January 3, 1997
A fee schedule establishing maximum charges for inpatient hospital services not provided under contract has been adopted by the Division of Workers' Compensation.
In order to provide ample lead time for hospitals and claims administrators, the Division of Workers' Compensation has set the implementation date for April 1, 1997. Only hospital admissions on or after this date will be covered, according to DWC Administrative Director Casey L. Young.
Outpatient services provided by hospitals are already covered by DWC's Official Medical Fee. The requirement to create a fee schedule for inpatient services was one of the elements of the 1993 workers' compensation reform package.
A major goal in developing the new fee schedule was to make it as administratively simple as possible, according to Young. "Unfortunately, the authorizing statute required us to consider cost and service differentials for various types of facilities as in Medicare, severely limiting our options," he said. "This schedule is the most administratively simple one we could construct given the statutory constraints."
In essence, the schedule provides that the maximum payment for each hospitalization is calculated by multiplying two factors: a constant figure, known as a "composite factor," which is assigned to each hospital, and a variable "weight" based on the diagnosis of the injury. These factors are derived from Medicare, except that revised weights were calculated for the most common diagnoses for workers' compensation patients to reflect the younger, more active workers' compensation population. The maximum payment is 120 percent of the product of the two factors reflecting the diagnosis and the hospital at which the treatment was rendered.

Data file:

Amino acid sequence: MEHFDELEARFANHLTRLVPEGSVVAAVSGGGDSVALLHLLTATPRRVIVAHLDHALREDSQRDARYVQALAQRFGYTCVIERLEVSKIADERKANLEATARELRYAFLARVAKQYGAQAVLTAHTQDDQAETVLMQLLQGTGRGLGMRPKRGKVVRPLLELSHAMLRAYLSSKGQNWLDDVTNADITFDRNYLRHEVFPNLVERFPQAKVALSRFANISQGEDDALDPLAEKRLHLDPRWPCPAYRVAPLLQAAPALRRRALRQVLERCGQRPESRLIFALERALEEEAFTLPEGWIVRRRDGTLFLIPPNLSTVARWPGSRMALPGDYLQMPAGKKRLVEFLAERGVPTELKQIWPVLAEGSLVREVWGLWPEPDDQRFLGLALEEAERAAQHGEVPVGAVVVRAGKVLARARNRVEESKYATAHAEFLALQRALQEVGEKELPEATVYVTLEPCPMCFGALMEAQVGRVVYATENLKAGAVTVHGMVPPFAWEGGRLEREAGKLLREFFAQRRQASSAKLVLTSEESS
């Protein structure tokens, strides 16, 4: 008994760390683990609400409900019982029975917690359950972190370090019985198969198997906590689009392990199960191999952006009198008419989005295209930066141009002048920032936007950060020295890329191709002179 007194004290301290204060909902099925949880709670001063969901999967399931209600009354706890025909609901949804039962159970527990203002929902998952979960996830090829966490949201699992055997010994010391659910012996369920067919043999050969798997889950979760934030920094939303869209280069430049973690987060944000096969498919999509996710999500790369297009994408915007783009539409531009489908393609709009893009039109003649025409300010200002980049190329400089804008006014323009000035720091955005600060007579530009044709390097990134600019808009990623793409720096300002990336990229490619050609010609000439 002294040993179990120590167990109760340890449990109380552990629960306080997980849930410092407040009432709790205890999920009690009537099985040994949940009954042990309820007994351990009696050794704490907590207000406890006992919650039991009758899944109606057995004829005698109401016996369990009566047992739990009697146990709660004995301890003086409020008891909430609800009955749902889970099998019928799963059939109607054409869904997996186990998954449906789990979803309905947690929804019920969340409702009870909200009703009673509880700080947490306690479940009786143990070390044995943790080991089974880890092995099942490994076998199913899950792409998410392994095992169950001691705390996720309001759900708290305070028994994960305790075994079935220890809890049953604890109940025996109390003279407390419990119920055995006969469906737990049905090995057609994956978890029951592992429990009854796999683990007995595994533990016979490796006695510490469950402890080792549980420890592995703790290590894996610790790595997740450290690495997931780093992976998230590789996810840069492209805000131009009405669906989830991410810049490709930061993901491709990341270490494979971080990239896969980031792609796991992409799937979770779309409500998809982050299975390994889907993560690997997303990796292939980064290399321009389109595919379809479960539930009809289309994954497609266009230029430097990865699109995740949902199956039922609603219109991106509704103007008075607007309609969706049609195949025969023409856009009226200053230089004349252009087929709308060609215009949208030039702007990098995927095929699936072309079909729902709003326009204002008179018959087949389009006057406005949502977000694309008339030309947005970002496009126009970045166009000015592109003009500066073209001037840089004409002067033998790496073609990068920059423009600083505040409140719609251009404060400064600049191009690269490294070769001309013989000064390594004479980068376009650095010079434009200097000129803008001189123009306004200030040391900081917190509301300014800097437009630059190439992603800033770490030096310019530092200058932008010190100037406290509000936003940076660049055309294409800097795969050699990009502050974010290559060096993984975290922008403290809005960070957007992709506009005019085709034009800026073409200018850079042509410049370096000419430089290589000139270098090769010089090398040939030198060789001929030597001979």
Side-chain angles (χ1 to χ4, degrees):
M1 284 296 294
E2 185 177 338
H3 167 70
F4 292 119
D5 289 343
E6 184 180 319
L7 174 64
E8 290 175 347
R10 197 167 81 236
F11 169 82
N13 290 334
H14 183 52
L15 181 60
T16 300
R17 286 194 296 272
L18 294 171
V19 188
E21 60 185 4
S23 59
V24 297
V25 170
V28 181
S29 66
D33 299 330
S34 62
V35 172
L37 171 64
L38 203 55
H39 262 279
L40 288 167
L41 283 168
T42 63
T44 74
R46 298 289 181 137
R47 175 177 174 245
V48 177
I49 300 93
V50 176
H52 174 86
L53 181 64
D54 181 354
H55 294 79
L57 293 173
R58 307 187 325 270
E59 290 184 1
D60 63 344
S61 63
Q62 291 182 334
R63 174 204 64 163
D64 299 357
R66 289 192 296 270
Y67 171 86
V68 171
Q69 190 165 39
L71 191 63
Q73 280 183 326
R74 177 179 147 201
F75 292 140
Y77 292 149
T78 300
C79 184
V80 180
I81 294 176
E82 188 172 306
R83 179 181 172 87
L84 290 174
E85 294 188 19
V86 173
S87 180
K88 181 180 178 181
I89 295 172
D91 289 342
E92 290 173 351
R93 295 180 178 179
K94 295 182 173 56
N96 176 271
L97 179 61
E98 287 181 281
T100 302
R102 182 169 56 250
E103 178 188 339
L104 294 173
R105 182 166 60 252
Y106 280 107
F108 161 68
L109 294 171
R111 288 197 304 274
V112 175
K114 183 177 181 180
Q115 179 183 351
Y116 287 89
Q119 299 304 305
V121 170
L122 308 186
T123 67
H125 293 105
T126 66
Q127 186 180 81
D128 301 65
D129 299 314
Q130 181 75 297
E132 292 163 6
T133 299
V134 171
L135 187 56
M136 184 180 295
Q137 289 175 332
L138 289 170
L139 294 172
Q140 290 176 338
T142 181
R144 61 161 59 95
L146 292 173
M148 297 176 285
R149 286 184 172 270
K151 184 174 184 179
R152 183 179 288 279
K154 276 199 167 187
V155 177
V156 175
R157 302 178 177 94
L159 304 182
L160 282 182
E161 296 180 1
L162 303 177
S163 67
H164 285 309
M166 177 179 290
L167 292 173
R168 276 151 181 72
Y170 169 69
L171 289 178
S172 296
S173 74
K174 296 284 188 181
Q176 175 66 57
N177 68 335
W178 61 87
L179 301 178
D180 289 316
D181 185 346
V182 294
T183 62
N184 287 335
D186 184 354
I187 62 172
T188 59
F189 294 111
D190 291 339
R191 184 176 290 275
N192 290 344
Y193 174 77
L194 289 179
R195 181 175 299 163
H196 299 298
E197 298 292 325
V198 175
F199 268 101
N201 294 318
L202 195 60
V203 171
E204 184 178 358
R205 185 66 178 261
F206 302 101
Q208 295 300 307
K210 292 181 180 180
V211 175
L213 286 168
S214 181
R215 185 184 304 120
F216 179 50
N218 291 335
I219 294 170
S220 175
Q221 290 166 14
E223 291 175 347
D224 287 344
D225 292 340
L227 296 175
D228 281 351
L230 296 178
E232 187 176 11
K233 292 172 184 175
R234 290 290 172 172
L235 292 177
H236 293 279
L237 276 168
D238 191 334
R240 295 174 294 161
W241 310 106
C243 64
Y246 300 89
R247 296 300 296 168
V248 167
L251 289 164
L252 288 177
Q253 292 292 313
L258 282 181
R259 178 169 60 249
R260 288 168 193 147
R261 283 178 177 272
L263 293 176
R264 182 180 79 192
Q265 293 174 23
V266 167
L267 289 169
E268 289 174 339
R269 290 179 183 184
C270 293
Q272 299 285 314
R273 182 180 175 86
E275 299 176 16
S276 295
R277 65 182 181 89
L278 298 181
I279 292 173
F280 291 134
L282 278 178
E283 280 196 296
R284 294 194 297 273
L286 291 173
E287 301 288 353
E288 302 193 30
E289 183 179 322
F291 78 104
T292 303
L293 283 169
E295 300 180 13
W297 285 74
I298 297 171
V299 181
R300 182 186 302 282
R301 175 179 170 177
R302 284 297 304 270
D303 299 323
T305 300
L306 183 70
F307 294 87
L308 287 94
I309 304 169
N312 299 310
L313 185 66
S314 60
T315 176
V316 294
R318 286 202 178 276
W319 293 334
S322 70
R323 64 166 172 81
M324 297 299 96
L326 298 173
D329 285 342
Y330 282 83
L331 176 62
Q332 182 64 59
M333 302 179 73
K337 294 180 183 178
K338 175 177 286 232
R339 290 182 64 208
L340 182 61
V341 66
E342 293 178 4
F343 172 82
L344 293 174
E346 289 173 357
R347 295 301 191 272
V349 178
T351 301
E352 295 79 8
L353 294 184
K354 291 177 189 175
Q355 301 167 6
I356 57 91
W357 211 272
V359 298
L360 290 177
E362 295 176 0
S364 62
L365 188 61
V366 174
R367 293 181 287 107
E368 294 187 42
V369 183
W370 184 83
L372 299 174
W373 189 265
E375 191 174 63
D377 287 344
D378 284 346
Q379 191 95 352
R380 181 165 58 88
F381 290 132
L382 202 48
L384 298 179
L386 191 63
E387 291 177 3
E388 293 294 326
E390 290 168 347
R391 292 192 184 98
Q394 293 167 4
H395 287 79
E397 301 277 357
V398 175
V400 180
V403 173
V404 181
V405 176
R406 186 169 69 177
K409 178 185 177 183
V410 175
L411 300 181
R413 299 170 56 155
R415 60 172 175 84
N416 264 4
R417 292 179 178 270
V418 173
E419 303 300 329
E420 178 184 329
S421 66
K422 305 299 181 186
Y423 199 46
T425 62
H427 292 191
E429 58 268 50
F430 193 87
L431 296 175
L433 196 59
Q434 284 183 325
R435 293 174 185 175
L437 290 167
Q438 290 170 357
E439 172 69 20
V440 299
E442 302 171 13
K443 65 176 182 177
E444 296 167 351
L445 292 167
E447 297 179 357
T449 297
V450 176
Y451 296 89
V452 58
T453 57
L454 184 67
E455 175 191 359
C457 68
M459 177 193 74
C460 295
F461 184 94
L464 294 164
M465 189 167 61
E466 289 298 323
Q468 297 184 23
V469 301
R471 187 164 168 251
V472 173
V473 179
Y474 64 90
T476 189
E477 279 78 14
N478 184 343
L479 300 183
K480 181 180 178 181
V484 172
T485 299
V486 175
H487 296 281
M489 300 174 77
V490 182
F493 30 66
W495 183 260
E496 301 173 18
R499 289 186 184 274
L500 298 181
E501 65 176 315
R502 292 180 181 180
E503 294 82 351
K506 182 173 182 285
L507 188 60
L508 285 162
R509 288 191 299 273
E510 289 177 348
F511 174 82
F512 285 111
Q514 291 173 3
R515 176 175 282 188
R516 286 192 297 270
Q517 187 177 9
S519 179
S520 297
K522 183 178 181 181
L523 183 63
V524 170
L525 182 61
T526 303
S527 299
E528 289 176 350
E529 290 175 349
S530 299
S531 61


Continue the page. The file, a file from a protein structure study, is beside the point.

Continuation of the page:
This schedule is based on the federal Medicare model, Young said, because it is the only one that meets the statutory requirements and provides the necessary information each year to update it. To ease the administration of this schedule, each year DWC will publish the factors, weights and other information necessary to calculate the maximum payments.
Young emphasized, "It is important to underline that the new schedule establishes maximum fees for non contracted inpatient hospital services. It will still be possible to negotiate contracts with hospitals for a lesser amount, or on a per diem or other basis. If a negotiated contract applies to an inpatient hospital service, the contract supersedes the fee schedule. We expect contracts will continue to play a significant role in determining compensation for inpatient hospital services."
The information necessary to calculate payments may be obtained in two ways. Interested parties will be able to download it directly from the Division of Workers' Compensation's web site or order it by mail. A hard copy may also be obtained by writing: Division of Workers' Compensation, P.O. Box 420603, Suite 3160, San Francisco, CA 94142.
(((NOTE: A question and answer style fact sheet with most commonly asked questions regarding the fee schedule is attached to this Newsline.